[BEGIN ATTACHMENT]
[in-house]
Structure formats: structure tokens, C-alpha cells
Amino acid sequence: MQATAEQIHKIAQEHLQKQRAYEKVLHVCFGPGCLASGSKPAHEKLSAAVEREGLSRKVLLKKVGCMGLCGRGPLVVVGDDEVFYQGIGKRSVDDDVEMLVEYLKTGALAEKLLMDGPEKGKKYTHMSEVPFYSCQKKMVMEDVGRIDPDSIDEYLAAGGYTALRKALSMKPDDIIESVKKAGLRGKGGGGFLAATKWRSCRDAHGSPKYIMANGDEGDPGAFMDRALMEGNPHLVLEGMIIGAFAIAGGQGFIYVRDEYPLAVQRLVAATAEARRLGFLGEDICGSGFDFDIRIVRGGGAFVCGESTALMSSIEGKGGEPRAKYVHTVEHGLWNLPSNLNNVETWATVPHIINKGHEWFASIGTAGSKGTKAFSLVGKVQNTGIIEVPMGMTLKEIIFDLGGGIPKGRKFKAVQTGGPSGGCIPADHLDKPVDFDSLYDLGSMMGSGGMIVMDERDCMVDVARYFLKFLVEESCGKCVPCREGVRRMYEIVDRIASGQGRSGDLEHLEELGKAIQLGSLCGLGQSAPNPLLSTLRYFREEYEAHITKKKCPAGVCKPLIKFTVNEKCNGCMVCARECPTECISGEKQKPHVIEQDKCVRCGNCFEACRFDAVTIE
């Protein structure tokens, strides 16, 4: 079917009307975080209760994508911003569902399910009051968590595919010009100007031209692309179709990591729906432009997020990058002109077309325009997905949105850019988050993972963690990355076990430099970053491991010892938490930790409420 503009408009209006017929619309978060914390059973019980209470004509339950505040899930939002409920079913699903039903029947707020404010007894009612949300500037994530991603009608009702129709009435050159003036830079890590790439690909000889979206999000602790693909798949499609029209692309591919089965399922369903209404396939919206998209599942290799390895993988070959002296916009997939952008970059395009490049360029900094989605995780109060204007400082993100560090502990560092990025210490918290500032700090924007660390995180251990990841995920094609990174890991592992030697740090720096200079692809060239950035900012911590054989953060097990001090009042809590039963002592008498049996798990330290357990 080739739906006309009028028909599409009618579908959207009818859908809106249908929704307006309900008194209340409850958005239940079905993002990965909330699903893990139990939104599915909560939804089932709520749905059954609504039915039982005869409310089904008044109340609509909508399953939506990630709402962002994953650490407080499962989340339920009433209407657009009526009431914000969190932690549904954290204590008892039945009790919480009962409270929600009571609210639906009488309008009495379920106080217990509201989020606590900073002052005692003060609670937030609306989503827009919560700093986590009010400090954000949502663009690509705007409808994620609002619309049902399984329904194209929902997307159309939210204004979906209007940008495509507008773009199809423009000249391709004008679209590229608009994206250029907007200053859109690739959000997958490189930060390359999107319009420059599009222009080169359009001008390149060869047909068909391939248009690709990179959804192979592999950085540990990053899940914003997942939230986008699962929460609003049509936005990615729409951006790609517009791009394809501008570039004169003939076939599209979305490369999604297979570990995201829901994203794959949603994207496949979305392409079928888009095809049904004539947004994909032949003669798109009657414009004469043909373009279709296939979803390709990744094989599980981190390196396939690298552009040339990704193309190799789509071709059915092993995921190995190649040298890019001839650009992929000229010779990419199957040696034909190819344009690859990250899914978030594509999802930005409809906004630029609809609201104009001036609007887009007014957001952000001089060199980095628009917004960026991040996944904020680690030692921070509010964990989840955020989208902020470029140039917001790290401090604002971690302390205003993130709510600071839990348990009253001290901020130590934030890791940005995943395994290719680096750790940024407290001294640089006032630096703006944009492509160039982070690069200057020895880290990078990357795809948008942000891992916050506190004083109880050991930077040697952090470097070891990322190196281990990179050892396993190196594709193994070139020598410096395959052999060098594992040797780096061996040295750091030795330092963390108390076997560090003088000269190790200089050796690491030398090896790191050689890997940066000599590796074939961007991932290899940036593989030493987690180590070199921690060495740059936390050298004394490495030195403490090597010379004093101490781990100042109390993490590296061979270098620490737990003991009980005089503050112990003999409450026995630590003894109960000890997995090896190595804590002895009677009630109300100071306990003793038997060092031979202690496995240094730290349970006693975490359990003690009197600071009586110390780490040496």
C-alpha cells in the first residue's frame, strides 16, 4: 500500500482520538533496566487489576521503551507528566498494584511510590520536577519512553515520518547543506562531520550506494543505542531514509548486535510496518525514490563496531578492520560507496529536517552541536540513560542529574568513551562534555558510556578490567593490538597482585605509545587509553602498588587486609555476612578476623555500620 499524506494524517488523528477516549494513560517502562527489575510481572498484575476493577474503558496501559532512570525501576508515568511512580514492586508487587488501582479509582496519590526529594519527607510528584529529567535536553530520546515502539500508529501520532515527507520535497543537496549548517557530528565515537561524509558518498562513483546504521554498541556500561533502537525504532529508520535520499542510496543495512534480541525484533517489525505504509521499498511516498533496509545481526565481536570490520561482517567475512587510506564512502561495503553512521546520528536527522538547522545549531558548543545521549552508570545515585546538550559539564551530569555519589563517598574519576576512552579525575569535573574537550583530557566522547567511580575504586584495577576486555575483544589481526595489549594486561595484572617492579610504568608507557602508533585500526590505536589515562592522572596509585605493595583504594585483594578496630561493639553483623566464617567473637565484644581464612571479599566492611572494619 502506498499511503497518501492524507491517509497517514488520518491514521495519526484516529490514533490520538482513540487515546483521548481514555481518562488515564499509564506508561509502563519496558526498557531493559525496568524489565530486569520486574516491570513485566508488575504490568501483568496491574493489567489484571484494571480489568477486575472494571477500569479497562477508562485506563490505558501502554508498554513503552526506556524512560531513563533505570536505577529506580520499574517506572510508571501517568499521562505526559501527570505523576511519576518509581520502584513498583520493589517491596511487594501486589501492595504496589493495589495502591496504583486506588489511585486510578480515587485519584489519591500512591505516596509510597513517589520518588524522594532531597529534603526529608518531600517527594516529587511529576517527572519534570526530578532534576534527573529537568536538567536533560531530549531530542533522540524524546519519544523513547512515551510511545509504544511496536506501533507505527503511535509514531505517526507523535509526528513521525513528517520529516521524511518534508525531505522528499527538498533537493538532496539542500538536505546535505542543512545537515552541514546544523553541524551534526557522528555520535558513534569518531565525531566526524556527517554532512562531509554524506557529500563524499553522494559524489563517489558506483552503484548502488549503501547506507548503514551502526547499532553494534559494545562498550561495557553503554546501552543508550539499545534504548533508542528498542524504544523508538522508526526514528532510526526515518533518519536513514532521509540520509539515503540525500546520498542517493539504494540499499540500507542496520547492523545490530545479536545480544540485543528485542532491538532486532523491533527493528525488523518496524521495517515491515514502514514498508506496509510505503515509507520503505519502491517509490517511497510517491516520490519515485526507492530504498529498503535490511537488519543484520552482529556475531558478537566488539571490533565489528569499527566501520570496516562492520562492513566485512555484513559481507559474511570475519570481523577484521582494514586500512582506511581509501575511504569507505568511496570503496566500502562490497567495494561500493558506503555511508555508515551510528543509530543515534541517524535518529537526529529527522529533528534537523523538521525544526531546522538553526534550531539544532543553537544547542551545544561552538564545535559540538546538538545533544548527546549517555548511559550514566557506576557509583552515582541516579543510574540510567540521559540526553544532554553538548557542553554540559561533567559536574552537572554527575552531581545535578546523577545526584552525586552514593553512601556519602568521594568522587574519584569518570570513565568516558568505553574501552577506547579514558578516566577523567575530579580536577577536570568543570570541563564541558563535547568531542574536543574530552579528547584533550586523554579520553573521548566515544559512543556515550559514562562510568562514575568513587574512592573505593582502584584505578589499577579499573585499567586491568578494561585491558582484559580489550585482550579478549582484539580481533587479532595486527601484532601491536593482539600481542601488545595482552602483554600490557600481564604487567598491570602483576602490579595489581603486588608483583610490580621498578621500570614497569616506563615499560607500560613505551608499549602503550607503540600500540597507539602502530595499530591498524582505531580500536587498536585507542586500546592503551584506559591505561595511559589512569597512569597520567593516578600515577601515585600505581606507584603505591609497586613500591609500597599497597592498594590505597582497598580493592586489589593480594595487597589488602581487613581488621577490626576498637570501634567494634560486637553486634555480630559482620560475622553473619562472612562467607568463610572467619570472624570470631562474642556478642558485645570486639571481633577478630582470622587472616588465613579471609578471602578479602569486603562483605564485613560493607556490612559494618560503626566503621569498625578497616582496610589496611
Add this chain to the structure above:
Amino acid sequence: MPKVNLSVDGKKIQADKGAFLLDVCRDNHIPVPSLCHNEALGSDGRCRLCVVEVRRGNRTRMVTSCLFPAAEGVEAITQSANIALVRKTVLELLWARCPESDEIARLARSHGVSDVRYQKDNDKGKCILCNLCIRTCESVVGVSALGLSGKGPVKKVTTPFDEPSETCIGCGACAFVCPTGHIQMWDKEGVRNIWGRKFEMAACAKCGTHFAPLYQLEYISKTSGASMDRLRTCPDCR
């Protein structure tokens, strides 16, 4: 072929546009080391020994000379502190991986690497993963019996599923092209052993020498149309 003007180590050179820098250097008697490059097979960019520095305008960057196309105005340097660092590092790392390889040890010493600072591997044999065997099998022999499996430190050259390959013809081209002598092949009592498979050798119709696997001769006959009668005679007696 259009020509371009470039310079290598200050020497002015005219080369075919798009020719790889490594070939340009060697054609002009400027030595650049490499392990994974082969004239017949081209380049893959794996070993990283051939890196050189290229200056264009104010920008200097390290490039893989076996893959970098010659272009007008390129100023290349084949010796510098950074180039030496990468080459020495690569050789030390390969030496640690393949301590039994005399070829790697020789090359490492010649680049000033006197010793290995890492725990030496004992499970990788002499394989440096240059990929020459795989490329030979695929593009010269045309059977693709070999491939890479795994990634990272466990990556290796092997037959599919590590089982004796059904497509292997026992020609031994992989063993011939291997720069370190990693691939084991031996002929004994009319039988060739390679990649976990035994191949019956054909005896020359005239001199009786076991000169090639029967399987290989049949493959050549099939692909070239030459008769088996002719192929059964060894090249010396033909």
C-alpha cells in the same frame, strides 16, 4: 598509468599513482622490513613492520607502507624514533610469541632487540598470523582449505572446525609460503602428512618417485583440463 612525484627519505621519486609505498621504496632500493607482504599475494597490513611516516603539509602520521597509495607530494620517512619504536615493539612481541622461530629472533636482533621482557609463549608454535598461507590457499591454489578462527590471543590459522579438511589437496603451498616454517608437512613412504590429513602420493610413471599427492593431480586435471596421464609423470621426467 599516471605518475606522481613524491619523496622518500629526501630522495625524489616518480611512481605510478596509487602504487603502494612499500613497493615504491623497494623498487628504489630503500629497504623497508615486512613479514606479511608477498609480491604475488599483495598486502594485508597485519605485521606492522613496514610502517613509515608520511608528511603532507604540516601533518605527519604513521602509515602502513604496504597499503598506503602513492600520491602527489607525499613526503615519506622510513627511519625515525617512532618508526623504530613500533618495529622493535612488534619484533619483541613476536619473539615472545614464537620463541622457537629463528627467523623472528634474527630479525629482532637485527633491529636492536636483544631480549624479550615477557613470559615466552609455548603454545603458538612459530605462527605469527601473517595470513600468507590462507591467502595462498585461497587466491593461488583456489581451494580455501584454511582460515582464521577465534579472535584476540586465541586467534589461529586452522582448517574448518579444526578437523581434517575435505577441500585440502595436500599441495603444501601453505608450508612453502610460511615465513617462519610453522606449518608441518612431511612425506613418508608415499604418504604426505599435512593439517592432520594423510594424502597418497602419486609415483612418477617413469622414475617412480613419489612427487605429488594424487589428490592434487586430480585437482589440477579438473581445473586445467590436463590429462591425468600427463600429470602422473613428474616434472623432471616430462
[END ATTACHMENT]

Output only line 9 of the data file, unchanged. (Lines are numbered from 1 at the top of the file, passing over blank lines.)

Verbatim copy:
C-alpha cells in the same frame, strides 16, 4: 598509468599513482622490513613492520607502507624514533610469541632487540598470523582449505572446525609460503602428512618417485583440463 612525484627519505621519486609505498621504496632500493607482504599475494597490513611516516603539509602520521597509495607530494620517512619504536615493539612481541622461530629472533636482533621482557609463549608454535598461507590457499591454489578462527590471543590459522579438511589437496603451498616454517608437512613412504590429513602420493610413471599427492593431480586435471596421464609423470621426467 599516471605518475606522481613524491619523496622518500629526501630522495625524489616518480611512481605510478596509487602504487603502494612499500613497493615504491623497494623498487628504489630503500629497504623497508615486512613479514606479511608477498609480491604475488599483495598486502594485508597485519605485521606492522613496514610502517613509515608520511608528511603532507604540516601533518605527519604513521602509515602502513604496504597499503598506503602513492600520491602527489607525499613526503615519506622510513627511519625515525617512532618508526623504530613500533618495529622493535612488534619484533619483541613476536619473539615472545614464537620463541622457537629463528627467523623472528634474527630479525629482532637485527633491529636492536636483544631480549624479550615477557613470559615466552609455548603454545603458538612459530605462527605469527601473517595470513600468507590462507591467502595462498585461497587466491593461488583456489581451494580455501584454511582460515582464521577465534579472535584476540586465541586467534589461529586452522582448517574448518579444526578437523581434517575435505577441500585440502595436500599441495603444501601453505608450508612453502610460511615465513617462519610453522606449518608441518612431511612425506613418508608415499604418504604426505599435512593439517592432520594423510594424502597418497602419486609415483612418477617413469622414475617412480613419489612427487605429488594424487589428490592434487586430480585437482589440477579438473581445473586445467590436463590429462591425468600427463600429470602422473613428474616434472623432471616430462